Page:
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May 1, 2012

Stanford NFL Draft Review (Part 1)

From the obvious (Andrew Luck) to the more uncertain, we examine the chances of Stanford's 2012 rookie class to stick with an NFL squad, and how the former Cardinal players fit into their new teams.

Andrew Luck: Indianapolis Colts

What the public suspected for months finally became official Thursday night when Indianapolis tabbed Luck as the first pick in the draft. With no real competition at quarterback (Drew Stanton, Trevor Vittatoe, and 2012 Mr. Irrelevant Chandler Harnish are the only other signal callers on the roster), Luck will be expected to start from day one in Indy. And while the Colts' offense is still lacking in top-end talent, the Indianapolis brain trust did help the cause by drafting tight ends Coby Fleener and Dwayne Allen, as well as explosive Florida International wide receiver T.Y. Hilton in the early rounds of the draft. With receivers Austin Collie and Reggie Wayne already on the roster, Luck will have some weapons at his disposal. Whether he has enough time to find his receivers will depend on the performance of the offensive line, namely second-year pros Anthony Castonzo and Ben Ijalana, who will likely be the bookend tackles on the Colts' revamped 2012 line. Left guard Joe Reitz is also expected back, leaving vacancies at center (after Jeff Saturday signed with Green Bay) and right guard. Suffice it to say, Luck and the Colts' offense might endure a few growing pains along the path back to NFL respectability.

Chance of making roster: 100%

David DeCastro: Pittsburgh Steelers.

Although he somehow fell to No. 24 in the first round, (really, Kansas City, Dontari Poe?) DeCastro winds up in an enviable position in Pittsburgh, with a franchise and community that fits the road-grater's on-field personality perfectly. Whether it be at right or left guard, DeCastro will likely start right away for the Steelers, and will team with former Florida offensive lineman Maurkice Pouncey to form one of the most powerful and talented interior lines in the league. In fact, with the second round selection of troubled but talented Ohio State tackle Mike Adams (and the second round 2011 tackle Marcus Gilbert), the Steelers line could go from being one of the most porous in the NFL to one of the league's best. It's safe to say that DeCastro, easily one of the best guards in Pac-10/12 history, will play a big role in that transition.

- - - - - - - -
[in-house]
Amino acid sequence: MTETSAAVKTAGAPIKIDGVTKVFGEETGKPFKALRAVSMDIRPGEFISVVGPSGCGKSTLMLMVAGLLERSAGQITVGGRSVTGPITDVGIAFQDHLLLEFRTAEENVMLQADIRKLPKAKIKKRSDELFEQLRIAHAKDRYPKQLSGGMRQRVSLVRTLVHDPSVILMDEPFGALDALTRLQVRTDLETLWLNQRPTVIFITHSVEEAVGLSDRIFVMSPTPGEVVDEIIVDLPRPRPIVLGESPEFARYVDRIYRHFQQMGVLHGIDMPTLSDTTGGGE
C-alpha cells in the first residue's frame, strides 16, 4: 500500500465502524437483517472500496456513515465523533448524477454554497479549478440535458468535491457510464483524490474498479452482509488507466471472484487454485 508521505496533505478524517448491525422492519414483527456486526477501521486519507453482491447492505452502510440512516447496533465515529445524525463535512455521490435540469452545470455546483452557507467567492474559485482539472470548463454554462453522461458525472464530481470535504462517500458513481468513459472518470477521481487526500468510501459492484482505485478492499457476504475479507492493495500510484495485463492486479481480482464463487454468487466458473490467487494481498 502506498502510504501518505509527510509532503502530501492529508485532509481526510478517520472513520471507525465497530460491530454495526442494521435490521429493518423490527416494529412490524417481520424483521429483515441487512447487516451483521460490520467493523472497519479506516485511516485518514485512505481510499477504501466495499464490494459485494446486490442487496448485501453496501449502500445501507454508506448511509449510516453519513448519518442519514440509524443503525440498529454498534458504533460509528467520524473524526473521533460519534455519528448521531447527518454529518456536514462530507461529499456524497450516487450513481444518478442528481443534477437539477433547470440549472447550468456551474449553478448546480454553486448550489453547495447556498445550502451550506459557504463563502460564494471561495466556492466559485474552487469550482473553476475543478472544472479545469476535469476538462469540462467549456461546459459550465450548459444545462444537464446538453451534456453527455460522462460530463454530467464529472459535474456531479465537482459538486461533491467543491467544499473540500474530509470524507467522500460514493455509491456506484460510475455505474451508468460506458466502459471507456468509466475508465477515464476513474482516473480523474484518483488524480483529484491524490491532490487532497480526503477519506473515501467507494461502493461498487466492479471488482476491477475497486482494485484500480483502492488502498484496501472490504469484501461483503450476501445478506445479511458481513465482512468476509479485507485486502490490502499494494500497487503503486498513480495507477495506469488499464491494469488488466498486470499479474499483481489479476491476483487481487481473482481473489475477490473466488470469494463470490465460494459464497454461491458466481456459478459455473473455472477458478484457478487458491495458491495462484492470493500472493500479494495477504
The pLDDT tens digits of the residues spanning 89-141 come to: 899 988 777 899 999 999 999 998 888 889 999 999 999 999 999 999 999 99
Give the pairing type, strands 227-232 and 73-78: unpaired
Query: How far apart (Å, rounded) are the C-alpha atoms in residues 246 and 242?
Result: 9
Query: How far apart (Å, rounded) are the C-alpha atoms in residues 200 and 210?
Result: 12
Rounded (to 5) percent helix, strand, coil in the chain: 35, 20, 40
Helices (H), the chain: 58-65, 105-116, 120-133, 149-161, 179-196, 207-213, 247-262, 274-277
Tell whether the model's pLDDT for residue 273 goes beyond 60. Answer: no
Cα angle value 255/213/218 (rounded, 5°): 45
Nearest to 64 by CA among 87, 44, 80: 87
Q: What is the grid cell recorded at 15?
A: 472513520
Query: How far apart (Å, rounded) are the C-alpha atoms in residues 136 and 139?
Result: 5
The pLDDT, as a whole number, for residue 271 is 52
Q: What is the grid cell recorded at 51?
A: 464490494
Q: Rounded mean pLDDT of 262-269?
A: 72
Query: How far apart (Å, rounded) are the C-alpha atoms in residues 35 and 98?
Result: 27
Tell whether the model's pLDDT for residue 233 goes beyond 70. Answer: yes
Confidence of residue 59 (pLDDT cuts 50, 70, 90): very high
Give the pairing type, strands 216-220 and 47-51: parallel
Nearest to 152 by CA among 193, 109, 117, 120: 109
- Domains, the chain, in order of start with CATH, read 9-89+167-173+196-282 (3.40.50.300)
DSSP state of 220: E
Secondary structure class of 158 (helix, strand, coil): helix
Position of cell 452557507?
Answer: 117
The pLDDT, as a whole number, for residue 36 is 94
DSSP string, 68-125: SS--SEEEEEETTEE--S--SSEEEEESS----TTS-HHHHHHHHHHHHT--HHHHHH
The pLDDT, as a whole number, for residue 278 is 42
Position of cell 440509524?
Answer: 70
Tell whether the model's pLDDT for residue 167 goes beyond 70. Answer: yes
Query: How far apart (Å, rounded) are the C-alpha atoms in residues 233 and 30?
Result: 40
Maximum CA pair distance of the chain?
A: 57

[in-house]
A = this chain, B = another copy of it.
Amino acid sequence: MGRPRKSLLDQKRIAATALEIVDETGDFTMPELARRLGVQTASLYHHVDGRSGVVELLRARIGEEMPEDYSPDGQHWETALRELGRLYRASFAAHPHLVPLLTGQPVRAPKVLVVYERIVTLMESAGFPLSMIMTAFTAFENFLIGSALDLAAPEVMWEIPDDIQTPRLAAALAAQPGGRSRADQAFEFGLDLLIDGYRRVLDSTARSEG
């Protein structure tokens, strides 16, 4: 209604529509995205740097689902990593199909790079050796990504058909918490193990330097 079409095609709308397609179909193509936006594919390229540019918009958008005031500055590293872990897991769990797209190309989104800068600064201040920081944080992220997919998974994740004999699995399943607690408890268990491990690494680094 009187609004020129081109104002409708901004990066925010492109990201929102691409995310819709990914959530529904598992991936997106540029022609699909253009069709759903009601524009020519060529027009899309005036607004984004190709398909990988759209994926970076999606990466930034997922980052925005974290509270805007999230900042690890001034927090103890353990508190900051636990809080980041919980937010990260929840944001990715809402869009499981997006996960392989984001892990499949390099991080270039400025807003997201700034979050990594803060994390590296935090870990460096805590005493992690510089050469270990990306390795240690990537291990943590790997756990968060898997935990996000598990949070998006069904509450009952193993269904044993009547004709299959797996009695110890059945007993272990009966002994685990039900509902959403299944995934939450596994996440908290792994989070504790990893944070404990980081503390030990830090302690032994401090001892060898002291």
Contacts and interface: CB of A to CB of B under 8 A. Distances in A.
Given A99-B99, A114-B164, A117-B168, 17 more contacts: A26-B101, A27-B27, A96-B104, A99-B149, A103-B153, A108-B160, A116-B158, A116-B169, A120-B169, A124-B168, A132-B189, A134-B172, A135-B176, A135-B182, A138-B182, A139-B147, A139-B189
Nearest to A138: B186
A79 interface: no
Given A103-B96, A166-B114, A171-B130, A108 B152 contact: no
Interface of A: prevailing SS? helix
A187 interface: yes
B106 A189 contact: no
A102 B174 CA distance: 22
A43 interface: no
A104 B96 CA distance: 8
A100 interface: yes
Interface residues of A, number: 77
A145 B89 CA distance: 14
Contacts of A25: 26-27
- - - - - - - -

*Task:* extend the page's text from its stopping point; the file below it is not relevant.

Chance of making roster: 100%

Coby Fleener: Indianapolis Colts

Prior to the 2012 draft, former Colts president and current ESPN football analyst Bill Polian frequently lamented the lack of a pass-catching tight end on the Colts' roster. Apparently, current personnel director Ryan Grigson got the message. The Colts selected Fleener with the second pick in the second round (and later added Clemson tight end Dwayne Allen in the third round). Like Luck, Fleener should expect to receive major playing time early in his professional career. Indianapolis does currently have three tight ends on its roster (35-year-old veteran Justin Snow, 24-year-old Mount Union graduate Kyle Miller, and little-used reserve Brody Elrdidge), but none is of starting, let alone quality backup, caliber. It will be fascinating to watch how Colts offensive coordinator Bruce Arians incorporates the versatile Fleener into the Indianapolis offense.

Chance of making roster: 100%

Jonathan Martin: Miami Dolphins